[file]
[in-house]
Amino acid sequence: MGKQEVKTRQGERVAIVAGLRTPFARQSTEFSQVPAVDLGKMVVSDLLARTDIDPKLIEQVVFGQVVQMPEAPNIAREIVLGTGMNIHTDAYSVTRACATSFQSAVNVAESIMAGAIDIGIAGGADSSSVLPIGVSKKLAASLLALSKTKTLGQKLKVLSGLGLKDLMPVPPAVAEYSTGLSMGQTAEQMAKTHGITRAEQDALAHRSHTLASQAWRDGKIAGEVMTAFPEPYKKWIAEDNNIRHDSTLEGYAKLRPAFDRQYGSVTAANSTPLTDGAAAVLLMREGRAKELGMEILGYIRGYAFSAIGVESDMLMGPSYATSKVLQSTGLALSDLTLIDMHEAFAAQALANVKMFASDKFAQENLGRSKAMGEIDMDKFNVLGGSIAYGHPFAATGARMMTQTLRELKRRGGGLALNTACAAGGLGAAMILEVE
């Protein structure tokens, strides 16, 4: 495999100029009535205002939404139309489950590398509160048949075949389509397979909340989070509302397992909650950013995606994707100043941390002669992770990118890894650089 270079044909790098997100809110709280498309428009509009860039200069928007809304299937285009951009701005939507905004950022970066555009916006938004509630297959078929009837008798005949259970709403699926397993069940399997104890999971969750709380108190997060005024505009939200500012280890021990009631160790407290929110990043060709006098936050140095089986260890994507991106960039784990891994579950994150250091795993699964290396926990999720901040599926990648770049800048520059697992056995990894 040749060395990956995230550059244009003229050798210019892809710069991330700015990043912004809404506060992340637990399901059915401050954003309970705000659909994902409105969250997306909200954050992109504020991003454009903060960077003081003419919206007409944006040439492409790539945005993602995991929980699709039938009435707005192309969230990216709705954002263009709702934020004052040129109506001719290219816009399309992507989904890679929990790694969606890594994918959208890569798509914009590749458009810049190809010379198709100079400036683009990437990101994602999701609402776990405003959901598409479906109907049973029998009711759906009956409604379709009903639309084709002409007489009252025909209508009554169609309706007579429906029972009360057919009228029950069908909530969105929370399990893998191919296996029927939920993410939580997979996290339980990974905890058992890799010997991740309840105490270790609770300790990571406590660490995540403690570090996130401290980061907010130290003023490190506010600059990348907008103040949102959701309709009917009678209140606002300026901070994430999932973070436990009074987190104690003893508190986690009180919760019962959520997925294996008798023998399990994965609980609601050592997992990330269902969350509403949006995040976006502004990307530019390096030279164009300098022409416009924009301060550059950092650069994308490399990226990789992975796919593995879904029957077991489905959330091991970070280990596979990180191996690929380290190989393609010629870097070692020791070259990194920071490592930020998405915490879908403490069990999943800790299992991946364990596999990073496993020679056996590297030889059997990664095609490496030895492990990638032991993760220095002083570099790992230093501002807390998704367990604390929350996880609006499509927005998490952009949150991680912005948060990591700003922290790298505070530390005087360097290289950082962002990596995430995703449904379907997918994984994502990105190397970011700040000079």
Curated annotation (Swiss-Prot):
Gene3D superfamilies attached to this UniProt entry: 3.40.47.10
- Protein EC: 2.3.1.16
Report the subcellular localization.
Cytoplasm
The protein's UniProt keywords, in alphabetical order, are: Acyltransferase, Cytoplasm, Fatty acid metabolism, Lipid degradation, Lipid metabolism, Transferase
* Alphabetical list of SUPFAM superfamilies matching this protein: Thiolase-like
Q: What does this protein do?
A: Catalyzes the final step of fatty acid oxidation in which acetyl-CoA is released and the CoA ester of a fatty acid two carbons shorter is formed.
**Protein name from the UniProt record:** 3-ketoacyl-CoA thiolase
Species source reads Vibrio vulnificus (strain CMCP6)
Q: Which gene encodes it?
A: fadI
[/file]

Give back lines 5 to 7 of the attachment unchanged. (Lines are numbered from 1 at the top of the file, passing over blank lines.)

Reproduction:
Gene3D superfamilies attached to this UniProt entry: 3.40.47.10
- Protein EC: 2.3.1.16
Report the subcellular localization.